Starbucks will open its first unionised location in the United States since the 1980s

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Employees at a Starbucks coffee shop in New York state have decided to form the first labour union at a Starbucks location since the 1980s.

At Elmwood Avenue in Buffalo, 19 employees out of a total of 27 voted in favour. The vote is expected to shake the huge coffee chain’s brand, despite the small numbers involved.

Starbucks has gone to great lengths to urge employees not to join a union, including flying in top executives.

Union supporters gathered in Buffalo to watch the vote count via Zoom and rejoiced when the results were announced. However, employees at a second Buffalo location voted against forming a union. Because some of the ballots are being reviewed, the vote on a third is still undecided. In total, around 100 baristas and managers participated.

Starbucks employees in Buffalo began organising in August, claiming they were overworked but disregarded by the company. According to them, the smartphone app has increased their burden by allowing several sophisticated requests to arrive in quick succession, which they must then fulfil under time constraints.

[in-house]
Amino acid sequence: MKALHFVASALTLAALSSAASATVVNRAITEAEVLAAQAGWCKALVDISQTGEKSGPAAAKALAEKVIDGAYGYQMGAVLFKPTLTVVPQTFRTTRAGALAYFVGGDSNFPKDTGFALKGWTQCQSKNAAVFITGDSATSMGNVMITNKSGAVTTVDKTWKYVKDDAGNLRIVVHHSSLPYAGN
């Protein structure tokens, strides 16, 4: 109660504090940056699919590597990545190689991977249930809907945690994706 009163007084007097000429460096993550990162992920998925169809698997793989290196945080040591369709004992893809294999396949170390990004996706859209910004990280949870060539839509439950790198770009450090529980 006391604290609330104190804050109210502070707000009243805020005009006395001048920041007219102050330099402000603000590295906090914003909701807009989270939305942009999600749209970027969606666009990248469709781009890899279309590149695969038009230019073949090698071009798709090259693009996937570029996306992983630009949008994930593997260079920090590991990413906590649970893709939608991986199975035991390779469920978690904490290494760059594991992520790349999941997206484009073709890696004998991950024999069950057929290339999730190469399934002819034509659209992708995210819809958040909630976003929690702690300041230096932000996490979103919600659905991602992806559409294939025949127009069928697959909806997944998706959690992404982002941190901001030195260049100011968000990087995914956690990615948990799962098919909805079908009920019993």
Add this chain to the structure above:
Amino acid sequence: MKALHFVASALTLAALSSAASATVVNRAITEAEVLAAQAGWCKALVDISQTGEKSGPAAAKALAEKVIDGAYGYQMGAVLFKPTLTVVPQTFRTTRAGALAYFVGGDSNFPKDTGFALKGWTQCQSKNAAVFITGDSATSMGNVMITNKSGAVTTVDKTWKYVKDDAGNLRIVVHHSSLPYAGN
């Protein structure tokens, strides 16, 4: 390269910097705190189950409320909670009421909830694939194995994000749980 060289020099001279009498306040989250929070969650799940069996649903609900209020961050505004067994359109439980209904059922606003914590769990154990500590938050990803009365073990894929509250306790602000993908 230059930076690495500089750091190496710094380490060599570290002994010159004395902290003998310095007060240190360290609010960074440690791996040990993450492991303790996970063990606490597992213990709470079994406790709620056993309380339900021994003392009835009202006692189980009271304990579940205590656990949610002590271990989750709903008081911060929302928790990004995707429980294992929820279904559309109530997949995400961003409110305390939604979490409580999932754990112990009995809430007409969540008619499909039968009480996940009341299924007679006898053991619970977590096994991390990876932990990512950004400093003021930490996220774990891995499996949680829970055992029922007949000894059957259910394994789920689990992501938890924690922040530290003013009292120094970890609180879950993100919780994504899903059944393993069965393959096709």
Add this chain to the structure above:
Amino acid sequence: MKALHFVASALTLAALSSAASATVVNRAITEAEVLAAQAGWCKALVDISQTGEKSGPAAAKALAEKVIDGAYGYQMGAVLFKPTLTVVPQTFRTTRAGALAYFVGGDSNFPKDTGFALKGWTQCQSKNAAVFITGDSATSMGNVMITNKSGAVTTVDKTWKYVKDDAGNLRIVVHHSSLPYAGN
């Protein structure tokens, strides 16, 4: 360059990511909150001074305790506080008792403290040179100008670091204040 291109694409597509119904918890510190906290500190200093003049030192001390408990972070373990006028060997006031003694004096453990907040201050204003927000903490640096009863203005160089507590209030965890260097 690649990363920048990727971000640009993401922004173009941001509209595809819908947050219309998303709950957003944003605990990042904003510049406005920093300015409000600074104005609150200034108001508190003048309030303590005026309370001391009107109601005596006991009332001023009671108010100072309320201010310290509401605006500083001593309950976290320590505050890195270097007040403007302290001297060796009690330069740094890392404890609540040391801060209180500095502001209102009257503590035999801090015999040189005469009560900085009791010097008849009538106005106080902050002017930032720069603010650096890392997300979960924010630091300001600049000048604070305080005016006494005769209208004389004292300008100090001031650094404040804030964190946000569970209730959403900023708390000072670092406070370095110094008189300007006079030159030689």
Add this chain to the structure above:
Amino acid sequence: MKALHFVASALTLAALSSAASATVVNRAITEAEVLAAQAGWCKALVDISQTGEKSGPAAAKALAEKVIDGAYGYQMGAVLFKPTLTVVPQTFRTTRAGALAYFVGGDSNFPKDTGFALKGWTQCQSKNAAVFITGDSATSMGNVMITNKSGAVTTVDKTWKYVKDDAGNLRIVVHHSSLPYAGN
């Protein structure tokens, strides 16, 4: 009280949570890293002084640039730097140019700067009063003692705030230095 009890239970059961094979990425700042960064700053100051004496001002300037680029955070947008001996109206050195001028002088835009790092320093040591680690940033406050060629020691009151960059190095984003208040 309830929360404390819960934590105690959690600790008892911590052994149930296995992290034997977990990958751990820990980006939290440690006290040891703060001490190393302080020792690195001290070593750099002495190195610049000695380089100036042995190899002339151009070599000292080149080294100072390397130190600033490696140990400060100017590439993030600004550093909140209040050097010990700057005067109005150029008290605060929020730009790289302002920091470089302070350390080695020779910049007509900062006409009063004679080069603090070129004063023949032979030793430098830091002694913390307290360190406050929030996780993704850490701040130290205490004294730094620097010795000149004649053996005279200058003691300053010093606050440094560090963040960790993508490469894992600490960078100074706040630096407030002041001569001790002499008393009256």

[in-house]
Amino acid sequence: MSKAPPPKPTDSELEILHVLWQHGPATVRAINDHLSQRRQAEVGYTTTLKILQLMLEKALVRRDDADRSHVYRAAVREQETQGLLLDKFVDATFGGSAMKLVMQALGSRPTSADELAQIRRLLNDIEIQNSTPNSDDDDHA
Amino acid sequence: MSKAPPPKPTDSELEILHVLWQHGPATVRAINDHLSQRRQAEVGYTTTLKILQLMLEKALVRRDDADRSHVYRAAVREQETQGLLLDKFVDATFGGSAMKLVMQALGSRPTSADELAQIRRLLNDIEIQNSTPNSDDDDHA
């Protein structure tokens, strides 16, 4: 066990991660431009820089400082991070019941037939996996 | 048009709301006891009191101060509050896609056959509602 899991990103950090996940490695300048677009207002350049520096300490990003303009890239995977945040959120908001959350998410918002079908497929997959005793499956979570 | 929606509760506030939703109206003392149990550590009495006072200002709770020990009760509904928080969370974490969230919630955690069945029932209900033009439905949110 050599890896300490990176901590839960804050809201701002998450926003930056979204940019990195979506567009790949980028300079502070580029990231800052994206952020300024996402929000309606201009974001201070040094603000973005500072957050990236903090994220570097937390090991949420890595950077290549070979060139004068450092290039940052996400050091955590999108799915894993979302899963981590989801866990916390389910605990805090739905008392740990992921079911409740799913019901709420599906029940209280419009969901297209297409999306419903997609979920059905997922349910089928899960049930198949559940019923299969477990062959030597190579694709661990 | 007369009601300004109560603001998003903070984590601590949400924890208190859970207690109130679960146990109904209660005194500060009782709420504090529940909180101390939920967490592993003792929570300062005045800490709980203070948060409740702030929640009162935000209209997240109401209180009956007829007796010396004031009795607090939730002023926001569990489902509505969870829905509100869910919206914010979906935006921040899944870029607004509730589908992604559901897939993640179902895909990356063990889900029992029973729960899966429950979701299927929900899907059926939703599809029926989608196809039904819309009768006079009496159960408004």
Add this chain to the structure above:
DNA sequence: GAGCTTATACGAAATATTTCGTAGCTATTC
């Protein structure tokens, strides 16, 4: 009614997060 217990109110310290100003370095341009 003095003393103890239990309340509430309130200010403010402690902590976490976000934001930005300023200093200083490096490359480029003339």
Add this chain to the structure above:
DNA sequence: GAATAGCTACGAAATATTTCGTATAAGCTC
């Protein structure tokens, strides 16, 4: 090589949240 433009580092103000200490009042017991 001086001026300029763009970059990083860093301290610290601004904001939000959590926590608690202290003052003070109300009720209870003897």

The vote could establish a precedent for the coffee giant, which has over 8,000 company-owned locations across the United States and has not had a union since the 1980s.

The vote took place despite the company’s all-out effort over the previous four months to convince employees to vote no.

According to Workers United, the union with which the new Starbucks location will be associated, the Buffalo stores were flooded with out-of-town Starbucks managers to try to discourage discussion of the matter among employees,

Starbucks, which refers to its employees as partners, offers higher salaries and benefits than many other service businesses, including health insurance, stock options, paid parental leave, and free online college tuition.

With fairtrade programmes and anti-racism training, it also represents the progressive ideals of many of its employees.

Staff at many Buffalo locations complained in August that their workload had become unmanageable due to absences and increased consumer demand.

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